A General Guide for Deriving Abundance Estimates from Hydroacoustic Data
















Species-specific abundance and biomass

Species-specific abundance and biomass estimates are the end result of fisheries acoustics surveys.  Converting acoustical energy to abundance is a multi-step procedure.  Volume or area backscattering coefficients are scaled to numerical density [# m-3] by σbsσbs are obtained from in situ measurements and/or TS-L regressions.  Densities are vertically integrated to give areal densities [m2•m-2] along the cruise track, and areal densities are scaled to the survey area.  In freshwater assessment, areal density is typically given per ha or sometimes per m2.  The marine convention is to scale areal density to square nautical miles [1 nmi2 = (1852)2•m2].  All these steps have been outlined in this website and the SOP. 

The final step is to convert fish abundance to species-specific abundance and biomass.  This requires separation of densities by species or age groups through samples, location, or TS distribution.  Biomass is then calculated from this densities and observed weights or if necessary from a length to weight regression.  We have presented some approaches to the problem of separating acoustic density estimates by species.  This problem requires more attention as approaches to species estimation differ among the different Great Lakes and a consistent approach is needed to provide managers with useful fish abundance estimates.  This issue also requires a better understanding of trawl selectivity.  We envision this to be the main issue in need of further development.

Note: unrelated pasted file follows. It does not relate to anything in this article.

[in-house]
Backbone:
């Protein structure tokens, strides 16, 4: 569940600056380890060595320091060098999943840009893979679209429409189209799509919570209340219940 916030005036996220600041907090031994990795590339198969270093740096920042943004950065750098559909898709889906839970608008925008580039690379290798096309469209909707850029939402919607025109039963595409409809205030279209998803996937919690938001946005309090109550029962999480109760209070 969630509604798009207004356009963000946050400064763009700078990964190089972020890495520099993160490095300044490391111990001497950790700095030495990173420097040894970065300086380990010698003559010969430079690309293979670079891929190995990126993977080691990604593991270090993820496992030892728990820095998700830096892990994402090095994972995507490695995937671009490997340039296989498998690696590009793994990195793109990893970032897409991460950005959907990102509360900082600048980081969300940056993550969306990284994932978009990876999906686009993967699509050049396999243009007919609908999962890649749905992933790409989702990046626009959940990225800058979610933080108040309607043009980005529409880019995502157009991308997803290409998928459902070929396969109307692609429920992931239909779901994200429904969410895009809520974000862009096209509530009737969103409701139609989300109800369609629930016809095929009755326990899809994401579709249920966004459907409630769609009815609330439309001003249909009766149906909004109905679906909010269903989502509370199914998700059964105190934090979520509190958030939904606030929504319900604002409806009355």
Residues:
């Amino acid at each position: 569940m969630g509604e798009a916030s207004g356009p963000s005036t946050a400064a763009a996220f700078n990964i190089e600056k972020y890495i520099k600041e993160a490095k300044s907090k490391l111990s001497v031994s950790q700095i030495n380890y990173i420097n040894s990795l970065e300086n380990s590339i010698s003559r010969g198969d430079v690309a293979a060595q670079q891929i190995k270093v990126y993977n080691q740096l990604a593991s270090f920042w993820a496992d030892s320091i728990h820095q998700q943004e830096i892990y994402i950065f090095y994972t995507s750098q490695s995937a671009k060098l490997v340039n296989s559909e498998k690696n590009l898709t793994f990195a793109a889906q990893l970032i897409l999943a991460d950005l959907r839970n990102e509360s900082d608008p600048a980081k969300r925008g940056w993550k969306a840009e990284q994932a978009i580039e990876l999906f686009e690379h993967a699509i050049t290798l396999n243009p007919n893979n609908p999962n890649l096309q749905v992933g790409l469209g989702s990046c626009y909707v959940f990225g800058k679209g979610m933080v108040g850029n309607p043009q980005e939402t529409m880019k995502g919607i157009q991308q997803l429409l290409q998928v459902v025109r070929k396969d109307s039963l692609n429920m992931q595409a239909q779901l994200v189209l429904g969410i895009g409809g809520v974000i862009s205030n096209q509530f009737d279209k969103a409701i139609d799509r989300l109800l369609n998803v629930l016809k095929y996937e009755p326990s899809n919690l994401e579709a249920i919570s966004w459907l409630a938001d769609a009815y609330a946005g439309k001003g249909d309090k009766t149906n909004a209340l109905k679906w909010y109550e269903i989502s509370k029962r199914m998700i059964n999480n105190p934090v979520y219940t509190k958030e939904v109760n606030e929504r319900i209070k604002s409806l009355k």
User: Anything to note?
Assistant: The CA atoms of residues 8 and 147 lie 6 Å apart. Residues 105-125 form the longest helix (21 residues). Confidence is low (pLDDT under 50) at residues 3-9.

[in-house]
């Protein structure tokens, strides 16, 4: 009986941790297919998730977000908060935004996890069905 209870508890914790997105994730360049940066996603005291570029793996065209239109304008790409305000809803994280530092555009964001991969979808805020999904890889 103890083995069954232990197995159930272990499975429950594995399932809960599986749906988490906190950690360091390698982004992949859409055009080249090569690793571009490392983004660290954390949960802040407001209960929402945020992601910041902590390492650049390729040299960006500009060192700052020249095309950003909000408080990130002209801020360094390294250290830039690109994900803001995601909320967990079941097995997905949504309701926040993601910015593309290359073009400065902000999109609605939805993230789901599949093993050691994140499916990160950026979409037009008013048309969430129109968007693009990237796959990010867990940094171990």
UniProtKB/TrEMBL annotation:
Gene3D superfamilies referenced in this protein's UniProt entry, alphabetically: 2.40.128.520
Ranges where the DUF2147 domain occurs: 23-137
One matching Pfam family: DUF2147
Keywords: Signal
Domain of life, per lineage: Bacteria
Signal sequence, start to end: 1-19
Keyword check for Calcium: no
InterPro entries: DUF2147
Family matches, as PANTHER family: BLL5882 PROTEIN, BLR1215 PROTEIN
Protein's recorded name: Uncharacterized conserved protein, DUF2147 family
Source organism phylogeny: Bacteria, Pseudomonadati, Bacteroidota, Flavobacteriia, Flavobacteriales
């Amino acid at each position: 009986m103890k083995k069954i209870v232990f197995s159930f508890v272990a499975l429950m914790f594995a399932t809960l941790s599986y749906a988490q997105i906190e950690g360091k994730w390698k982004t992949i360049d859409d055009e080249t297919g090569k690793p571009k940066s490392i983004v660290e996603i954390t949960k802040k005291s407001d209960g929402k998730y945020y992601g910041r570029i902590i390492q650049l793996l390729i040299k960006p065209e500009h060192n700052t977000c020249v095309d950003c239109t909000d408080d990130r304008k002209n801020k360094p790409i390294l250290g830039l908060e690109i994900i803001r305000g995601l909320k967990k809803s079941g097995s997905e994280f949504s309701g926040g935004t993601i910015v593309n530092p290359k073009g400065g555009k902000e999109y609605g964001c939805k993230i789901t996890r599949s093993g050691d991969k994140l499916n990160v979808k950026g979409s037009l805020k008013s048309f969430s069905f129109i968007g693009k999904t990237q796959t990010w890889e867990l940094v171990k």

Biomass can also be obtained directly from acoustic estimates using biomass specific TS equations (e.g., Warner et al. 2002) or by converting TS bins to fish lengths followed by conversion of fish lengths to biomass (e.g., Brandt et al. 1991).  Using biomass specific TS regressions to derive average σbs per g fish will probably give reasonable numbers as long as fish length distribution is relatively constant.  Biomass calculations from these equations will be biased when comparing biomass from small and large fish because acoustics backscatter is related to the area of individual fish, not the mass of individual fish.  The second method introduces unknown biases associated with the wide distribution of fish TS obtained from a single fish (see also Separating Groups of Interest) and the non-linearity in both L-W regressions and TS-L regressions.  Therefore, we cannot recommend the second method, although it is possible that positive and negative biases will offset each other.